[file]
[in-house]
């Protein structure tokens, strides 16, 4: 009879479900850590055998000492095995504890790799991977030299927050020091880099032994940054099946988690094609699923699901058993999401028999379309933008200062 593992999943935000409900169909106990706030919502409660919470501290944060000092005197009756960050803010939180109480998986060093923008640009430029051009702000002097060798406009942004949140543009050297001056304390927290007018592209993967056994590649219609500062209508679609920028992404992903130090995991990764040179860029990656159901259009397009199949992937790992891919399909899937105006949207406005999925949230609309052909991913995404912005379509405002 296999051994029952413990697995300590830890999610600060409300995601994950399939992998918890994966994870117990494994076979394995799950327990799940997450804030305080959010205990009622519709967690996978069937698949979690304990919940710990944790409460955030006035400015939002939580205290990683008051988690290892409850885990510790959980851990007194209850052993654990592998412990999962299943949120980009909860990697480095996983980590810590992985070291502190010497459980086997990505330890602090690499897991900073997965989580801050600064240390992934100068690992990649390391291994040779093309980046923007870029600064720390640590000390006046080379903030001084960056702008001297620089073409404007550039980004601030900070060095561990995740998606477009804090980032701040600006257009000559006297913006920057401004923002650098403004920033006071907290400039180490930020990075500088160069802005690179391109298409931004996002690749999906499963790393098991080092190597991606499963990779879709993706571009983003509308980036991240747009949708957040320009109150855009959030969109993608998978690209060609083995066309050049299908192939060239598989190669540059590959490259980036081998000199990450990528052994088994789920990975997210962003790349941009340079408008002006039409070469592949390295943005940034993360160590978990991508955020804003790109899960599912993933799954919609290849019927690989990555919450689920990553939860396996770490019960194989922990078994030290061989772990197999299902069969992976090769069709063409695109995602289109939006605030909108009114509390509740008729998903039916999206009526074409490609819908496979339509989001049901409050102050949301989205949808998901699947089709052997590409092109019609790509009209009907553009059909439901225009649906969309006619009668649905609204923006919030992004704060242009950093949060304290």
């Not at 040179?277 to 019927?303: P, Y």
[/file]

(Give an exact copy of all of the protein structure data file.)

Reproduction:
[in-house]
């Protein structure tokens, strides 16, 4: 009879479900850590055998000492095995504890790799991977030299927050020091880099032994940054099946988690094609699923699901058993999401028999379309933008200062 593992999943935000409900169909106990706030919502409660919470501290944060000092005197009756960050803010939180109480998986060093923008640009430029051009702000002097060798406009942004949140543009050297001056304390927290007018592209993967056994590649219609500062209508679609920028992404992903130090995991990764040179860029990656159901259009397009199949992937790992891919399909899937105006949207406005999925949230609309052909991913995404912005379509405002 296999051994029952413990697995300590830890999610600060409300995601994950399939992998918890994966994870117990494994076979394995799950327990799940997450804030305080959010205990009622519709967690996978069937698949979690304990919940710990944790409460955030006035400015939002939580205290990683008051988690290892409850885990510790959980851990007194209850052993654990592998412990999962299943949120980009909860990697480095996983980590810590992985070291502190010497459980086997990505330890602090690499897991900073997965989580801050600064240390992934100068690992990649390391291994040779093309980046923007870029600064720390640590000390006046080379903030001084960056702008001297620089073409404007550039980004601030900070060095561990995740998606477009804090980032701040600006257009000559006297913006920057401004923002650098403004920033006071907290400039180490930020990075500088160069802005690179391109298409931004996002690749999906499963790393098991080092190597991606499963990779879709993706571009983003509308980036991240747009949708957040320009109150855009959030969109993608998978690209060609083995066309050049299908192939060239598989190669540059590959490259980036081998000199990450990528052994088994789920990975997210962003790349941009340079408008002006039409070469592949390295943005940034993360160590978990991508955020804003790109899960599912993933799954919609290849019927690989990555919450689920990553939860396996770490019960194989922990078994030290061989772990197999299902069969992976090769069709063409695109995602289109939006605030909108009114509390509740008729998903039916999206009526074409490609819908496979339509989001049901409050102050949301989205949808998901699947089709052997590409092109019609790509009209009907553009059909439901225009649906969309006619009668649905609204923006919030992004704060242009950093949060304290």
């Not at 040179?277 to 019927?303: P, Y």